Brussels Ukraïna ReviewOriginalSociety

Severe Sanctions or the Immediate Release of Political Prisoners Are Inevitable

Roman Suschenko

 

The Kremlin’s release of Ukrainian political prisoners hardly made headlines in the world and domestic media this year but also does not arouse lively and engaged interest on the part of Ukrainian society. Solitary pickets and the desperate attempts of relatives and friends of the Moscow regime’s prisoners to draw the attention of the Ukrainian authorities, foreign diplomats and the most active part of society to this urgent problem do not inspire optimism. Sympathy and an attempt to understand can hardly be noticed in the eyes of my interlocutors. More often it is indifference, surprise, and a lack of any human reaction.

A year has passed since Ukraine managed to secure the return 11 political prisoners and 24 sailors, who were captured at various times and unlawfully detained in the Russian Federation for years. Since then, there have been two more waves of hostages and political prisoners released from the temporarily occupied territories of Ukraine’s eastern regions. Unfortunately, 135 Ukrainian citizens (at the time of writing) are still considered political hostages of the war waged by Russia. 135 families  are waiting for their fathers, husbands, brothers and grandfathers. They are real heroes, who face the challenge of fate with dignity in isolation, going through new difficulties all the time – including changes of cells and colonies, the pressure of prisons administration, repeat offenders, and the FSB, the cold climate, terrible food and medical care, a lack of information, and the risk of catching COVID-19.

Last September, a special initiative was launched together with Mark Feygin. It aimed  to offer the international community an opportunity to create an effective mechanism, primarily diplomatic, and to establish rules and arrangements to help prevent the emergence of new political prisoners. The aim is to exclude this humanitarian aspect from the existing confrontation. In the meantime, a number of consultations with diplomats, experts, journalistic community and lawyers have been held.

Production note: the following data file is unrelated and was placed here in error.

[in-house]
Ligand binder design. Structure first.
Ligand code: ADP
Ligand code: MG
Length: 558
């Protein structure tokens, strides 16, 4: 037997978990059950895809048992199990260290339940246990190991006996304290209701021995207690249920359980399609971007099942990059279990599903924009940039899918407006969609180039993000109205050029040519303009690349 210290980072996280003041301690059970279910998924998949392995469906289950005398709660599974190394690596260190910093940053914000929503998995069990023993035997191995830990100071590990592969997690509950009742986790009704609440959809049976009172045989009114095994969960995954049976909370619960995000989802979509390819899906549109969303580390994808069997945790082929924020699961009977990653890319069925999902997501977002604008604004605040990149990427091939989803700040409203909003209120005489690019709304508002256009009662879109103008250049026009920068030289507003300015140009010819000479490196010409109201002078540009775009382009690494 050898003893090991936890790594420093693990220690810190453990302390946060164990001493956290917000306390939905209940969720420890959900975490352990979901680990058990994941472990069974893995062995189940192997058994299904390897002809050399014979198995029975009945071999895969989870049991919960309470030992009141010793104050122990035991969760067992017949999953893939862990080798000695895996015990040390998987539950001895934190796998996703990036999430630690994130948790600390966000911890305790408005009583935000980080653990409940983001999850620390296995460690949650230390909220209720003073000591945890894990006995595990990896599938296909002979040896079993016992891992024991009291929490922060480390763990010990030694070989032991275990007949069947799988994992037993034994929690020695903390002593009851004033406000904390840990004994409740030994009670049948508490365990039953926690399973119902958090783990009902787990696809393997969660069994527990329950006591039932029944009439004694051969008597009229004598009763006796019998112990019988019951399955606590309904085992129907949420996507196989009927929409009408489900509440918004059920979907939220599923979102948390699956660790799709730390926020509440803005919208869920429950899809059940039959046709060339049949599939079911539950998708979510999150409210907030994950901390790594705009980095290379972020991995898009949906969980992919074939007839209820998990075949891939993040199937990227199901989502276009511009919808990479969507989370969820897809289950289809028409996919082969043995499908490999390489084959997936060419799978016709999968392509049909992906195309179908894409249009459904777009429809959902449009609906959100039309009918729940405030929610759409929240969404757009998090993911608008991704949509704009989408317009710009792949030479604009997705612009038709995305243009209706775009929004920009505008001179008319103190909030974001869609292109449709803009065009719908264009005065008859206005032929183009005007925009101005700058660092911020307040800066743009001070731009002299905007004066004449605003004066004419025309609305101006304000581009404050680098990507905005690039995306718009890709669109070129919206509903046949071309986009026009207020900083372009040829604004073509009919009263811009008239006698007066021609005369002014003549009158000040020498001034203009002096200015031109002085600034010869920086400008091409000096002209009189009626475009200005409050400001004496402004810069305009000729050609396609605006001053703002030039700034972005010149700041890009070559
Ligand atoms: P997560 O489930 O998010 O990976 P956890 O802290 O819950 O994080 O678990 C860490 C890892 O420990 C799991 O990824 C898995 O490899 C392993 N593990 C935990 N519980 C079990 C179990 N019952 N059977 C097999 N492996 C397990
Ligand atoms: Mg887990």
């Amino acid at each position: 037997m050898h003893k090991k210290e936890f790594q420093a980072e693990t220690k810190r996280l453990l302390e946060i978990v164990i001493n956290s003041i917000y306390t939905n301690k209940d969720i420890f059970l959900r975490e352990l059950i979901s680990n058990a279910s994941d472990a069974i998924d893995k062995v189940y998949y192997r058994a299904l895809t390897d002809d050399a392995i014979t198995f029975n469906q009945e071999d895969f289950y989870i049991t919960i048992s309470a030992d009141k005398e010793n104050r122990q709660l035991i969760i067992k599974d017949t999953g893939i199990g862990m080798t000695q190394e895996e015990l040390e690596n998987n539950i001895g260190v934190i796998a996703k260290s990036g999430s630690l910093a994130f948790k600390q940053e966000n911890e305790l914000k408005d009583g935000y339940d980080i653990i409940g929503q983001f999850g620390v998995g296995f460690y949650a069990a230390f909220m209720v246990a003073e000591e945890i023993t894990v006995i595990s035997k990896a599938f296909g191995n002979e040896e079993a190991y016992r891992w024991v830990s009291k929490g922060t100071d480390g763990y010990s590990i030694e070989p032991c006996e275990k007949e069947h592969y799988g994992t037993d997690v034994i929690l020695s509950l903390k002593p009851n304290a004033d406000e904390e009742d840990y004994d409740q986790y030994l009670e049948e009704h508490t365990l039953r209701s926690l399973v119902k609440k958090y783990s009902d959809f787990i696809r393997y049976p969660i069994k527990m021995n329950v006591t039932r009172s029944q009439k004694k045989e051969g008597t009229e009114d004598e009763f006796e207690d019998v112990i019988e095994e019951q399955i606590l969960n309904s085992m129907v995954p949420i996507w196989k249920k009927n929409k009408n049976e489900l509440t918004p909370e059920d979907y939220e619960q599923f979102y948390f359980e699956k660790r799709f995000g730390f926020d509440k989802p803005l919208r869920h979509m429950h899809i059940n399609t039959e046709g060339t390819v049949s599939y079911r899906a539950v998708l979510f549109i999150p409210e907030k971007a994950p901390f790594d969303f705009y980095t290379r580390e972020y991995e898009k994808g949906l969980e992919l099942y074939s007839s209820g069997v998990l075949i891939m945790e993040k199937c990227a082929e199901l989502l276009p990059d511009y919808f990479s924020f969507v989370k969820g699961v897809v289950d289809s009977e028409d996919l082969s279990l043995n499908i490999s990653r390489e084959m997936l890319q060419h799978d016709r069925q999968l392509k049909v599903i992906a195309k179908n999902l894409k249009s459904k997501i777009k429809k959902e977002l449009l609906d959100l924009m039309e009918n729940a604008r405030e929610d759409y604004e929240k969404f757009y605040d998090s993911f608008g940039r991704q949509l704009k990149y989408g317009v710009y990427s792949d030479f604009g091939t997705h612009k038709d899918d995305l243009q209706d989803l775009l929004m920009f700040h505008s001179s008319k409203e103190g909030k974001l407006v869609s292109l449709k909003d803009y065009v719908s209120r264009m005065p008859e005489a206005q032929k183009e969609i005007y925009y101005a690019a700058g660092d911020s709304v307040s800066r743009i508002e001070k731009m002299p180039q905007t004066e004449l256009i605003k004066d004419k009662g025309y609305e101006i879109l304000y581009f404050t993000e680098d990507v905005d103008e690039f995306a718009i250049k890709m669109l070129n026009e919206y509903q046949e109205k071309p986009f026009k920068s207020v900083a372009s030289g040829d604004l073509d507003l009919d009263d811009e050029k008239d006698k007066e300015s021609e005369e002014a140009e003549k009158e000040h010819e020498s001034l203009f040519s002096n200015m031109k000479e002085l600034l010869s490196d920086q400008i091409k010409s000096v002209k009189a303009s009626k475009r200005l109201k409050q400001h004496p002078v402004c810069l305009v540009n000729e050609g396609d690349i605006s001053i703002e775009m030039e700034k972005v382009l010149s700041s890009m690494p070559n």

Discussions have been held in the Ministry of Foreign Affairs of Ukraine, in foreign and Ukrainian embassies, and in the international arena. Oleksii Makieiev, a former political director and currently the special representative of the Ministry of Foreign Affairs on sanctions policy, strongly supported this idea. With the appointment of Emine Japarova to the position of First Deputy Foreign Minister, the idea became more specific. The Ministry of Foreign Affairs initiated the establishment of the international action platform on Russia’s release of Ukrainian political prisoners. Its inaugural meeting took place on 1 July 2020 in a videoconference format. It was joined by the representatives of the Ministry of Temporarily Occupied Territories, the President’s Office, the Permanent Representative of the President of Ukraine in the Autonomous Republic of Crimea, by the Verkhovna Rada Commissioner for Human Rights, as well as the representatives of the Mejlis of the Crimean Tatar People, non-governmental human rights organisations, and the relatives of unlawfully detained persons. Metropolitan Clement of the Crimean Diocese of the Orthodox Church of Ukraine (PCU) and other religious and public figures agreed to participate in the work of the platform.

The international platform has a serious chance of becoming an additional means of pressure on Russia, and the purpose of its action is the protection and release of Ukrainian citizens – prisoners of the Kremlin. Among the tasks of initiated by the Ministry of Foreign Affairs is the coordination of the international advocacy activities of all parties involved, including public authorities, civil society, and the relatives of political prisoners, and to increase international pressure on Russian authorities in order to release unlawfully detained persons and protect their rights. The Ministry of Foreign Affairs and the Office of the Verkhovna Rada Commissioner for Human Rights are actively commenting on all facts of human rights violations by the Russian Federation and the application of repressive practices against Ukrainian citizens in the temporarily occupied territories.